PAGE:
This post was originally written in 2016 but has since been updated with more detail on why Sabah, Malaysia should be on your travel list this year.
You’re not alone if you have never before heard of Sabah. This Malaysian state is located on the island of Borneo and welcomes just 3 million visitors per year. Sabah occupies an area of 73,631 km² (28,429m²) and shares Borneo with Indonesian Kalimantan, Malaysian Sarawak, and the Kingdom of Brunei. Despite its small area, the state is chock full of attractions and experiences that make it by far the most interesting part of Borneo, and you’ll find no shortage of things to do in Sabah, Malaysia.
In September 2015 we spent 2 weeks working our way from one Sabah attraction to another, seeing the sights off the beaten track. Here are just a few reasons why we think you should consider adding a Sabah trip to your next vacation plans.
Best Time to Plan your Sabah Trip
Before planning a trip to Sabah, it’s best to decide what attractions or experiences you’re most interested in, as the weather in the area can vary dramatically by region at any time of the year.
We think the best time to visit would be between July and September, as many of the main attractions in Sabah overlap during this time. The diving is perfect and visibility is at its max of 40 metres, you can see orangutans in the wild, and turtle-viewing is easy on Lanakan island.
6 Things to do in Sabah, Malaysia
1. Feel the Pulse of Modern Malaysia in Kota Kinabalu
When we arrived in Kota Kinabalu, the main city of the Sabah region, it was obvious: this isn’t just another chaotic and impoverished SEA city. Kota Kinabalu’s modern, hip vibe, great nightlife, luxurious hotel scene, beautiful harbour, and well-developed infrastructure make it one of the most orderly and enjoyable cities we have ever visited in SEA and a must-see Sabah attraction. Kota Kinabalu, or KK as the locals refer to it, is more like a younger cousin of Singapore than a Kuala Lumpur wannabe.
There are enough things to do in Sabah, Malaysia surrounding KK to warrant a week long stay. You can spend your days hiking, snorkelling, or diving on the nearby islands of the Tunku Abdul Rahman Park (TARP), or spend your evenings dining at the seafood restaurants by the waterfront.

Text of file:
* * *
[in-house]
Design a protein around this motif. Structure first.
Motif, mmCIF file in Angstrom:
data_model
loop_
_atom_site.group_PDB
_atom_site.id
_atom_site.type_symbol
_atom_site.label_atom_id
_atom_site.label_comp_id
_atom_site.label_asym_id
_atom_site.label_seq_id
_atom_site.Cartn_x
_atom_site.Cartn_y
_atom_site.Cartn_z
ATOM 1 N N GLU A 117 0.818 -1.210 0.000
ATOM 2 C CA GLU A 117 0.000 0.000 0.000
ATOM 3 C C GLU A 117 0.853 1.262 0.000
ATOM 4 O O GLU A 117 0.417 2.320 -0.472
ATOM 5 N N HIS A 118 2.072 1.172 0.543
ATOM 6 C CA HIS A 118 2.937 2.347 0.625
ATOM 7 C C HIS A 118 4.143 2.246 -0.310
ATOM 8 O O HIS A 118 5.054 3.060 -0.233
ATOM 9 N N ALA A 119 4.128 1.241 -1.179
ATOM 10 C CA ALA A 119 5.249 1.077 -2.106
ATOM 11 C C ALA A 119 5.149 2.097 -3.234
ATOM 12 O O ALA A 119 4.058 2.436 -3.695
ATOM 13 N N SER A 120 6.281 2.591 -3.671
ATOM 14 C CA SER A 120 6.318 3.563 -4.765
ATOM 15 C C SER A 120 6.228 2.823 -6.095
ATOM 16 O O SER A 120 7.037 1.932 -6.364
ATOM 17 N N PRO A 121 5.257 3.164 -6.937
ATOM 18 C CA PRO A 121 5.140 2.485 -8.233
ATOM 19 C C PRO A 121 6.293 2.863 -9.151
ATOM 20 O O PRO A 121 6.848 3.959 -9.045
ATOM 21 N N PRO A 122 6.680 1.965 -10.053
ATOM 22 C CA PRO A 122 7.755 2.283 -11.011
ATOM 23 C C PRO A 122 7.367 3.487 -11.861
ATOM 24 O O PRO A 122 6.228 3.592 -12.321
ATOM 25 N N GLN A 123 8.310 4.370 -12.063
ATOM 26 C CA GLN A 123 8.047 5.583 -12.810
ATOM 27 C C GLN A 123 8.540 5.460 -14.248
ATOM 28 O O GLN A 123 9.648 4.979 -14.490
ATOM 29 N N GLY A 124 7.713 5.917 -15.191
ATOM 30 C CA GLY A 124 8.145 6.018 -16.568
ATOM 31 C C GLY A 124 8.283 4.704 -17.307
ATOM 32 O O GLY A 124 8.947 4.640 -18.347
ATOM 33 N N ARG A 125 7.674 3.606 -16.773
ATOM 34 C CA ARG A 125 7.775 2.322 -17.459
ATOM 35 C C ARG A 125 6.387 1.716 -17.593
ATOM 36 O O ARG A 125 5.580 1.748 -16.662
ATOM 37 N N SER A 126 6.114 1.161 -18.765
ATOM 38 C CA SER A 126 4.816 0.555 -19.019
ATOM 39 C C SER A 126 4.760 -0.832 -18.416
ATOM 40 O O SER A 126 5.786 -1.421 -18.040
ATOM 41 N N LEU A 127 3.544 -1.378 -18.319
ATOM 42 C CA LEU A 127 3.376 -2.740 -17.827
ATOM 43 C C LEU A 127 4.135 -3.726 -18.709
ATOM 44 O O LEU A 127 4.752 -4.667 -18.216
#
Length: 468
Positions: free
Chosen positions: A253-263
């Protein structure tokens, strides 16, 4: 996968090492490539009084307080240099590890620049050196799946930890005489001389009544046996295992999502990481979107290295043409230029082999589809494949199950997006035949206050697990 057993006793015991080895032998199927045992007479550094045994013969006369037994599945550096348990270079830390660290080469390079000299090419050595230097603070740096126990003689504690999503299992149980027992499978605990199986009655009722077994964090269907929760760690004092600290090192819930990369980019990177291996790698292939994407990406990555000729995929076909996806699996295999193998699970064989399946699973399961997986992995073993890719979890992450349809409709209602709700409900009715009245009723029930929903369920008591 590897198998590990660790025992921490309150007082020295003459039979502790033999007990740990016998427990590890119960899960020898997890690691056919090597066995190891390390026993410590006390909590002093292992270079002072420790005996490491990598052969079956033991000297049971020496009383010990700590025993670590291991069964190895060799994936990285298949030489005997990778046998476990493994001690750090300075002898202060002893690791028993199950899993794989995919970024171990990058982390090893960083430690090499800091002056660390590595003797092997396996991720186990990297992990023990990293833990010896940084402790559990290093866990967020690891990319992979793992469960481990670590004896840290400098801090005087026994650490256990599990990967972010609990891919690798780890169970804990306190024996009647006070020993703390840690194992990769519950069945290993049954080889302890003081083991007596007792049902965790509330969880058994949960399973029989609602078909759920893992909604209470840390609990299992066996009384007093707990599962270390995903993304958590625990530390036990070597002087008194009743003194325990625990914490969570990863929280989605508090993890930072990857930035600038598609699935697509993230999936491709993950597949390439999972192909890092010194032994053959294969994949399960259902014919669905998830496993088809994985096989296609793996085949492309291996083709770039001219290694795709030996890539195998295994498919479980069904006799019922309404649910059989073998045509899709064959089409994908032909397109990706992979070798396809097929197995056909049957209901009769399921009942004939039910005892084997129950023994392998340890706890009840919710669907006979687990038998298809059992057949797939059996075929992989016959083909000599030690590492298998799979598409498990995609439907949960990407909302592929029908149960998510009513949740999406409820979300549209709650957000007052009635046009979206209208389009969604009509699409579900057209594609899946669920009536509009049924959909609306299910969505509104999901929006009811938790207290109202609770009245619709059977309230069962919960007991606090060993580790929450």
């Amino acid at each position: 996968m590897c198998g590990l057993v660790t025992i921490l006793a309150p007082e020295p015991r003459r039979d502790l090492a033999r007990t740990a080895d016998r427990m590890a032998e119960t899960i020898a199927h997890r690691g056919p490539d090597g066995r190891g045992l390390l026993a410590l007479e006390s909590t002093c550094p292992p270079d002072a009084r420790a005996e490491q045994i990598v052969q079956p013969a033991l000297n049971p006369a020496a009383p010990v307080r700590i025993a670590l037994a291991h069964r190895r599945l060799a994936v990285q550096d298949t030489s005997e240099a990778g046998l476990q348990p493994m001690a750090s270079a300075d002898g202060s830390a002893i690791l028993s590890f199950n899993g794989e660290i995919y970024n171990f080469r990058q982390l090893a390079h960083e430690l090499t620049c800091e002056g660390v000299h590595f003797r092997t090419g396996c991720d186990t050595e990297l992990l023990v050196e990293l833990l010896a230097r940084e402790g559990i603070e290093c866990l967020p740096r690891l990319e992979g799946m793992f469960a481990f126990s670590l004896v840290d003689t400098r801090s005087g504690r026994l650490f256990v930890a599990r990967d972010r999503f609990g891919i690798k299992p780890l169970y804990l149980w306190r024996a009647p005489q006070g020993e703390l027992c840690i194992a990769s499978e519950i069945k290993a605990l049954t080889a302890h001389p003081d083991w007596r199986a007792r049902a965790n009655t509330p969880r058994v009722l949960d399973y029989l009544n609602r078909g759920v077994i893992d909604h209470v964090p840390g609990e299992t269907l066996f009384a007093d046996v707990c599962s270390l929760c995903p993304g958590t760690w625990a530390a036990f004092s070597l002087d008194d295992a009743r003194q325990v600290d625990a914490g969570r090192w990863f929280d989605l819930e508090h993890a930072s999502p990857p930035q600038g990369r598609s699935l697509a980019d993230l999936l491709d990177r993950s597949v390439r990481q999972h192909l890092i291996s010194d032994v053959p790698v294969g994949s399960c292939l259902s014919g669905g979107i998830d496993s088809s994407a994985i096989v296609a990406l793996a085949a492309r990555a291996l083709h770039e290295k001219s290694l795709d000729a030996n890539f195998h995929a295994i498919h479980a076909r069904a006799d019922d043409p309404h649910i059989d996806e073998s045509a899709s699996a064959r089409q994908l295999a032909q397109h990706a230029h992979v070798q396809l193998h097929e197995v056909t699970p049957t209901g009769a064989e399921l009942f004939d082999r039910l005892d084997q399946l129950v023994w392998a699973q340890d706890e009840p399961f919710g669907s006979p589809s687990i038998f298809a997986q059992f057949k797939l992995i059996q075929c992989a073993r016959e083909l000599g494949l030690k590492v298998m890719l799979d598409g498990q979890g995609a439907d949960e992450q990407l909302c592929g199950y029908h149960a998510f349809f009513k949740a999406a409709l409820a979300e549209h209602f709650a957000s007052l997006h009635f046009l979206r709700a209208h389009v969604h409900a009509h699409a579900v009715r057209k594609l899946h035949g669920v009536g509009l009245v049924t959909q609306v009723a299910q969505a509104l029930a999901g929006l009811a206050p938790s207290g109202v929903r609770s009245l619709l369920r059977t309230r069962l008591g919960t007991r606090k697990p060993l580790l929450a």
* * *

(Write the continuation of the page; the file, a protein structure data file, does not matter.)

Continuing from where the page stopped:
Shop ‘til you drop at one of KK’s many shopping centres or, if you are like us, you might opt for a more local shopping experience by visiting the Handicraft market, the Sunday market, or the night market.
2. Experience World Class Diving at Sipadan
A highly regarded Sabah attraction is Sipadan Island. After visiting, we now understand why it almost always occupies a spot on the list of top 10 dive sites in the world. Sipadan Island, located in the South east of Sabah, is teeming with marine life. The marine diversity alone makes it one of the top things to do in Sabah, Malaysia.
Here schools of jackfish don’t just swim by you, they completely surround you, and schools of humphead parrotfish get so close you struggle to not run into them. Barracuda, giant trevally, Napoleon wrasse, and pretty much every other kind of fish you could expect to find in the waters in SEA will likely make an appearance at Sipadan.
Even though diving in Sipadan is one of the pricier things to do in Sabah, Malaysia and Sipadan permits can be tough to come by, this is an absolute must for any avid diver!
But even aside from Sipadan, the waters along Sabah’s coastline offer a number of different regions where divers can enjoy the beauty of Sabah from below.
3. Get Up Close and Personal With the Elusive Orangutans
Due to the large scale deforestation that has taken place in Borneo over the last 30-40 years, the population of orangutans has been put at risk of extinction. Sabah remains one of the few places left in the world where you can come face-to-face (or back-to-face, in Max’s case) with wild orangutans.
They are incredible creatures, smart, funny, and absolutely worth learning about, and Sepilok Orangutan Rehabilitation Centre, established in 1964 as the first official orangutan rehabilitation project for rescued orphaned baby orangutans, is the perfect place to admire them on your Sabah trip!
4. Spot Wildlife in Their Natural Habitat Near the Kinabatangan River